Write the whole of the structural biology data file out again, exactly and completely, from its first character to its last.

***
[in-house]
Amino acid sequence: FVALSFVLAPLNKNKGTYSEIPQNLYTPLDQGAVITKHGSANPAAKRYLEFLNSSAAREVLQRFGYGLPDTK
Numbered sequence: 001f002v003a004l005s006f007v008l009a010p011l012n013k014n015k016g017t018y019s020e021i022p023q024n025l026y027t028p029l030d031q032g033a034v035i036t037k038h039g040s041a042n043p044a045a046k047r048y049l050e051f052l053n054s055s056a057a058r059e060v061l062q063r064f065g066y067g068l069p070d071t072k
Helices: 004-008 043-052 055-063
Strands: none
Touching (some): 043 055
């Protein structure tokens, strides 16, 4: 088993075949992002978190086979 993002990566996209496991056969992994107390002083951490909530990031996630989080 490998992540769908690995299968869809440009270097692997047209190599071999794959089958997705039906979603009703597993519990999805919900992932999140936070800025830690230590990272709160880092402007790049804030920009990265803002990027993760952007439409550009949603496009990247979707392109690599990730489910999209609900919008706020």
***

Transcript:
[in-house]
Amino acid sequence: FVALSFVLAPLNKNKGTYSEIPQNLYTPLDQGAVITKHGSANPAAKRYLEFLNSSAAREVLQRFGYGLPDTK
Numbered sequence: 001f002v003a004l005s006f007v008l009a010p011l012n013k014n015k016g017t018y019s020e021i022p023q024n025l026y027t028p029l030d031q032g033a034v035i036t037k038h039g040s041a042n043p044a045a046k047r048y049l050e051f052l053n054s055s056a057a058r059e060v061l062q063r064f065g066y067g068l069p070d071t072k
Helices: 004-008 043-052 055-063
Strands: none
Touching (some): 043 055
């Protein structure tokens, strides 16, 4: 088993075949992002978190086979 993002990566996209496991056969992994107390002083951490909530990031996630989080 490998992540769908690995299968869809440009270097692997047209190599071999794959089958997705039906979603009703597993519990999805919900992932999140936070800025830690230590990272709160880092402007790049804030920009990265803002990027993760952007439409550009949603496009990247979707392109690599990730489910999209609900919008706020």